I have quicksilver materialistic urges: what I want now are Monopoly pieces, or rather artistically-enhanced versions thereof. There is a Salem source of this desire, and it is a timely one: Parker Brothers of Salem acquired one of the key patents they needed to produce their version of Monopoly on this day in 1935, and it was an immediate blockbuster, perhaps (or in spite of) the ongoing Depression. Parker Brothers’ long residency in Salem (1883-1991) is no doubt due in large part to the success of this ultra-American game. It was apparently rushed into production even though Parker Brothers president George Parker had low expectations: a series of boxes from 1935 bear the inscriptions “patent applied for” and “patent pending”. Inside are wooden houses and hotels and the original dark-iron tokens: the iron, racing car, thimble, shoe, top hat and battleship (the Scottie dog and wheelbarrow were added in the early 1950s).
1935 Patent Pending Monopoly Box: Source.
And that’s the other reason why I’m craving Monopoly pieces now: my favorite token was always the iron, and it has recently been cast out of the game, replaced by a cat. I’m a cat lover as well, but the new token just doesn’t have the texture of that old iron: thankfully my Monopoly game is pretty vintage, and thus iron-clad. And when a little tiny metal token just won’t do, several artists have been inspired enough by the game–and its iconic pieces–to create bigger and bolder versions. I want all of these creations by Stuart Whitton, which are hand-drawn on vintage postcards, but I think they’re long gone.
Since I’m particularly fond of the retired iron, I did find a more attainable object: a pewteresque replica: not very subtle, and far less artistic, but BIG. But where to put it? It screams doorstop to me, but when I went in search of a place, I found not one, not two, but THREE old 19th century irons propped up against doors on my third floor. I don’t think I need one more, even if it has an air of Monopoly about it.
The acquisitive instinct in me has been kicking in lately, which I think is a good thing. I’ve been working very hard for the past year or so, and focusing on more material things gives my mind a rest. It’s really all about the search: I don’t have to buy, I can just look (really)! Looking around, I get little short-lived obsessions, and right now I’m very focused on the creations of the prolific artistic partnership of Kahn/Selesnick, whose work spans decades and genres and explores a myriad of alternative historical and futuristic themes in ways that are both conceptually and visually panoramic. Be prepared to be submerged into other worlds if you check out their website or those of any of the galleries that showcase their work, most of which is way beyond my ability to acquire except, perhaps, for a few of their Green Men. When I was browsing around the online shop of the Morbid Anatomy Museum (which has quite an eclectic collection, let me assure you), I became immediately fixated on the Kahn/Selesnick calendar plates, which feature a different Green Man for each month, and then I was off on a mission in search of more.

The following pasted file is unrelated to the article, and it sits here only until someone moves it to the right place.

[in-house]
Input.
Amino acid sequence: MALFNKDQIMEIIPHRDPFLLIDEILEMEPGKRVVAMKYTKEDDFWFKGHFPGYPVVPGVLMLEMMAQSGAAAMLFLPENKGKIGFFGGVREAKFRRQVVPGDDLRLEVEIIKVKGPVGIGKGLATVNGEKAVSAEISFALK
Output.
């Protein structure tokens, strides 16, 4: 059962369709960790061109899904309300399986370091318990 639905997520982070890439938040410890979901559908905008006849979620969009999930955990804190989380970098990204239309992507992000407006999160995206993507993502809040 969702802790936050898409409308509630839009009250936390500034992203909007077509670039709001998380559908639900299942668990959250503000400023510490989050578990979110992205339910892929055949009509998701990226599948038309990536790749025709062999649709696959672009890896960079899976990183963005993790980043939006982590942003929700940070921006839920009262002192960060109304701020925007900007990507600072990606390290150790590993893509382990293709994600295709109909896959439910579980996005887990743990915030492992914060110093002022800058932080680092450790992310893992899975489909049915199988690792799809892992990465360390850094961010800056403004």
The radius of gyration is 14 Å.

I think I can swing one or two plates (of course I want them all) but the Green Man photographs are a bit too dear for me. I would love a few of the amazing hand-colored “souvenir” playing cards from Kahn & Selesnick’s Eisbergfreistadt (a fictitious independent city-state located on a Baltic iceberg in the 1920s) series, but they seem to be long sold out, so I suppose my only paper option is a seed pack designed by the dynamic duo for Hudson Valley Seed Library. I can frame it!
Kahn/ Selesnick “On a Flowering Path” and “The Green God” photographs @ the Carrie Haddad Gallery; Eisbergfreistadt playing cards at the Kahn/Selesnick online store; and sunflower seed pack at Hudson Valley Seed Library. More Green Men.